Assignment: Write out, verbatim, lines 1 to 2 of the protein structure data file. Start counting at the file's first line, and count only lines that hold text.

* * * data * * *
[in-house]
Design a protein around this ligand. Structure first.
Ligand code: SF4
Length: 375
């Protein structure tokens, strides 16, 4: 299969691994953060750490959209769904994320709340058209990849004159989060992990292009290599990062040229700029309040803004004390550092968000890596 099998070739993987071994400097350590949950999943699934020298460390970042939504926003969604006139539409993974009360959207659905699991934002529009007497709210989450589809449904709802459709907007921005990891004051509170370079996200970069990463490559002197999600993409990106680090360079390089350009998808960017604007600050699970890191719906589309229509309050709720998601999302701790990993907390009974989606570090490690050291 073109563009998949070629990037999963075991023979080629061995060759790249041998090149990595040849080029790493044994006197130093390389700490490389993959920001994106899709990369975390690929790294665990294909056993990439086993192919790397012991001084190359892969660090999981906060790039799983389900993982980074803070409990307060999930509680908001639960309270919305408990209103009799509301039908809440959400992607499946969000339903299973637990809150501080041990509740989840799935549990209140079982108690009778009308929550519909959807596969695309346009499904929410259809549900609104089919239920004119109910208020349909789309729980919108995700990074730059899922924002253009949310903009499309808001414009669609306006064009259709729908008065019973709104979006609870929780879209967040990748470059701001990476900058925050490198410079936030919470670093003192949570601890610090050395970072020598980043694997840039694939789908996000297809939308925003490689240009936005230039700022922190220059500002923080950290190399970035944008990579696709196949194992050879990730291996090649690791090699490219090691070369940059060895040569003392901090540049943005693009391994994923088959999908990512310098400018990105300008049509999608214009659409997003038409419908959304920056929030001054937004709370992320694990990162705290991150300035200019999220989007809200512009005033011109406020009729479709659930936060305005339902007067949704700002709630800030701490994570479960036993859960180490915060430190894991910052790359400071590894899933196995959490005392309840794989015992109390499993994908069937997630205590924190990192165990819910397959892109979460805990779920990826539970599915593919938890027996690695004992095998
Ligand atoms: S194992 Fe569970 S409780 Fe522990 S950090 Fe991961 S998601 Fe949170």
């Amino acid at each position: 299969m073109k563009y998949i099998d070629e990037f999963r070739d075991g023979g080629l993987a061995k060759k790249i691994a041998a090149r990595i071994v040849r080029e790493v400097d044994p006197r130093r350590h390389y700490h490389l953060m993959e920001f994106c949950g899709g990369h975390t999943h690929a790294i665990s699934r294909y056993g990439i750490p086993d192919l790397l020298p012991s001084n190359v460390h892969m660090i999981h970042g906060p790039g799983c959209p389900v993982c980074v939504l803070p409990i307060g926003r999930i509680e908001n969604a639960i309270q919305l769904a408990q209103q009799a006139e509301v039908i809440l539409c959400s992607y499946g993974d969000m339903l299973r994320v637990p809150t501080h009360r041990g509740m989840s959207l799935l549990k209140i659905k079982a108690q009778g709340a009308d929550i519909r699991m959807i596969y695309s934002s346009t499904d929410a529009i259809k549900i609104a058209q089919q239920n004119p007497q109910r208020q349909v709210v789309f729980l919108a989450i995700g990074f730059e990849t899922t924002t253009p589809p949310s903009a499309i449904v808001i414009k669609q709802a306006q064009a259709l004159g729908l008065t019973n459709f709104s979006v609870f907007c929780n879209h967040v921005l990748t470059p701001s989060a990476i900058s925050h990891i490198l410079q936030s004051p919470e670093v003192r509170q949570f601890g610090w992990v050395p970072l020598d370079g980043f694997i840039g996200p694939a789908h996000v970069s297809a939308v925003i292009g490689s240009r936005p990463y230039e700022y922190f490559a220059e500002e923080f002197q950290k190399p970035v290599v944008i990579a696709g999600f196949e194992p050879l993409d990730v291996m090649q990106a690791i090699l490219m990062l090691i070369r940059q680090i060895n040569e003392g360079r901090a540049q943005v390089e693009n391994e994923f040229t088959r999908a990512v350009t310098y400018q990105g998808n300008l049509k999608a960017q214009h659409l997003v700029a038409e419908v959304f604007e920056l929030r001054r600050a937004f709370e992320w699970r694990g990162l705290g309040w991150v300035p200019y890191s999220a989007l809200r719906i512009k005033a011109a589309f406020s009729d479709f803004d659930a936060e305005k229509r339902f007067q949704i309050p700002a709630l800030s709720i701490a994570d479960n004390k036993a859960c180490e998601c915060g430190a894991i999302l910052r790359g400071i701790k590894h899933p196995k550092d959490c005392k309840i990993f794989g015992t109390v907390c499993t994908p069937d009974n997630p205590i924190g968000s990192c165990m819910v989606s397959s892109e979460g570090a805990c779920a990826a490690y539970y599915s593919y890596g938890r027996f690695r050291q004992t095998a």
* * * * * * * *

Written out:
[in-house]
Design a protein around this ligand. Structure first.